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Air Force Believed to Have Dropped H-Bomb in Utah in 1961

Air Force Believed to Have Dropped H-Bomb in Utah in 1961

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John Hollenhorst Reporting Here's something that'll probably be a surprise: The Air Force once dropped a nuclear bomb on the state of Utah. We're pretty sure it happened by accident in 1961. The H-bomb didn't explode, but the story of what happened next is very intriguing.

The Air Force has never confirmed an H-bomb fell on San Juan County in 1961, but a plane blew up that usually carried nukes, and the government response raised eyebrows in a way that's still talked about today.

Air Force Believed to Have Dropped H-Bomb in Utah in 1961

It happened in the sky high above Church Rock, a familiar landmark near Monticello.

Bill Boyle, Owner & Publisher, The San Juan Record: "Most of the stories I heard was of young kids playing in their yards and seeing this enormous explosion."

Newspaper publisher Bill Boyle is too young to remember it, but his paper covered it the night before President John Kennedy was inaugurated.

Bill Boyle: "The San Juan Record reported the sheriff was at Crescent Junction, which is about 80 miles north, and he saw it clearly."

Air Force Believed to Have Dropped H-Bomb in Utah in 1961

From highway 191, you can still see some of the wreckage. A short hike gets you there. Perched on a ledge is a chunk of wing 35 feet long, the remains of a huge B-52 bomber.

Gary Torres, Monticello Resident: "Really quite surprising that it didn't get hauled away, given the effort they used to clean up the debris."

The explosion that tore the B-52 apart was not nuclear. It was an engine fire that roared out of control. Two airmen parachuted to safety. Four others were found dead quickly. One airman ejected by parachute but was missing.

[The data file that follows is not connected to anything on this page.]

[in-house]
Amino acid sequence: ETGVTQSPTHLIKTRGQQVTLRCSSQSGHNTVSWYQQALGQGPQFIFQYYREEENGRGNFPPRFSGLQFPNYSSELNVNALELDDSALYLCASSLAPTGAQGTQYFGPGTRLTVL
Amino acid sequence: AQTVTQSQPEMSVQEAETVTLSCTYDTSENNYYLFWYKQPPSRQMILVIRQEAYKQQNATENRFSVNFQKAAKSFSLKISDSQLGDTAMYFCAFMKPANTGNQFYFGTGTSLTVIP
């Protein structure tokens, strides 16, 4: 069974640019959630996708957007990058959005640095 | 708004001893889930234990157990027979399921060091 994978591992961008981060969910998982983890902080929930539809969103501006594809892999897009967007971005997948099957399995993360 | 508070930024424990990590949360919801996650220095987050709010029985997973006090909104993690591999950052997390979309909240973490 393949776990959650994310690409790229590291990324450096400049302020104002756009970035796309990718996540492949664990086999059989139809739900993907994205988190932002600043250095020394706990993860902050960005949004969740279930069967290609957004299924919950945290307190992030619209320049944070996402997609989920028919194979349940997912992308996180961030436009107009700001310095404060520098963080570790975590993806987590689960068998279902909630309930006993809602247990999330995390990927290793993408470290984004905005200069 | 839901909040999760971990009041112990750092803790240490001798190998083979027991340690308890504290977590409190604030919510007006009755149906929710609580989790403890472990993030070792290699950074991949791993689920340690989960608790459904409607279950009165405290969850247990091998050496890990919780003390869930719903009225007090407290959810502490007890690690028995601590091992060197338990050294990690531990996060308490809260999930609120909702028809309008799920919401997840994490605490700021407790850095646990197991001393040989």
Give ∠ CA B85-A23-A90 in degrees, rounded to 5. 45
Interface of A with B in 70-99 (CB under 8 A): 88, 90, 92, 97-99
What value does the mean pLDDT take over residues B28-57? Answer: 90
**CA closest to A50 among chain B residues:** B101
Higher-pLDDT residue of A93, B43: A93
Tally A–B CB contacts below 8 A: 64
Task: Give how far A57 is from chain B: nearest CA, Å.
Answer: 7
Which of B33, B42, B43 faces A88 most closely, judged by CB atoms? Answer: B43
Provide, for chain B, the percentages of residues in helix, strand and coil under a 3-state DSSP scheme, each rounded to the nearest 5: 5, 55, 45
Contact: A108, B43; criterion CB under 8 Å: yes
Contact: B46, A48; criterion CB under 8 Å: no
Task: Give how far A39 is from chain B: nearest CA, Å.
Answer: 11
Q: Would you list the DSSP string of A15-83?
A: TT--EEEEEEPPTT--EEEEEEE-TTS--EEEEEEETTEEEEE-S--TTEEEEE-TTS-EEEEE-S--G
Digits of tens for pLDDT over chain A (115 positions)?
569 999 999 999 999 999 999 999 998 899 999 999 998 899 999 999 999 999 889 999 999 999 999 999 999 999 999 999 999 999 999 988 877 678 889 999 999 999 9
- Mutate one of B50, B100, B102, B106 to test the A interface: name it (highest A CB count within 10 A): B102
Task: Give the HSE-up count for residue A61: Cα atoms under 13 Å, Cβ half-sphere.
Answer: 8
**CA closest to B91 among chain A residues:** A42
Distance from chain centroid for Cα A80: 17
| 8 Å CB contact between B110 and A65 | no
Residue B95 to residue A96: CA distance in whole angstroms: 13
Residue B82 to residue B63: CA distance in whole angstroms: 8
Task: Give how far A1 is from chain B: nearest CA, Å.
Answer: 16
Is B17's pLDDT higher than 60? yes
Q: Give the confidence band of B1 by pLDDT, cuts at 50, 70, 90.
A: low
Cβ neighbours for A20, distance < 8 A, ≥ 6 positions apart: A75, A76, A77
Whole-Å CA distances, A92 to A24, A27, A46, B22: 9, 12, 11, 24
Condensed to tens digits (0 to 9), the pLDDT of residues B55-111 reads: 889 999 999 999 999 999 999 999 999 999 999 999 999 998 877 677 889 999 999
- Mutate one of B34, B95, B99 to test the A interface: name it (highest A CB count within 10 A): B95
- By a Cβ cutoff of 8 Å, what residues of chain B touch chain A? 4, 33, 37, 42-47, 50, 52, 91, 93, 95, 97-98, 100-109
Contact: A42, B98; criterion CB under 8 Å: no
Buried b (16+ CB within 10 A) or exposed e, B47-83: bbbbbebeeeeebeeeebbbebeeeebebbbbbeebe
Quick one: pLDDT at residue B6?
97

Bill Boyle: "And I've heard stories that there were fires all over the place, debris burning. And people rushed into the fray to try to help out, looking for this airman who hadn't been found."

Local search and rescuers never knew what was aboard the plane. They were busy searching for a missing airman. And they were a bit miffed when the federal government came in and took over.

Highway Patrol trooper Bob Low was one of the searchers.

Bob Low, Retired U.H.P. Trooper: "Then when we wanted to go look around in the area, they said no, we couldn't go in there."

At the time, the Air Force said the B-52 carried no nuclear weapons, but locals believed the government was more interested in securing the area than searching for the missing man. On the second day, he was found dead.

Bob Low: "In fact, the chief said his fingers were still warm."

Bill Boyle: "Parachuted to safety, apparently, and froze to death after a couple of days."

So, were H-bombs on board? Bill Boyle recalls a department of energy report in the 1970s labeling it a near-miss nuclear accident. We learned of a 1992 report by the E.P.A. saying the area might have been contaminated by nuclear weapons, but the Air Force still has never confirmed it.

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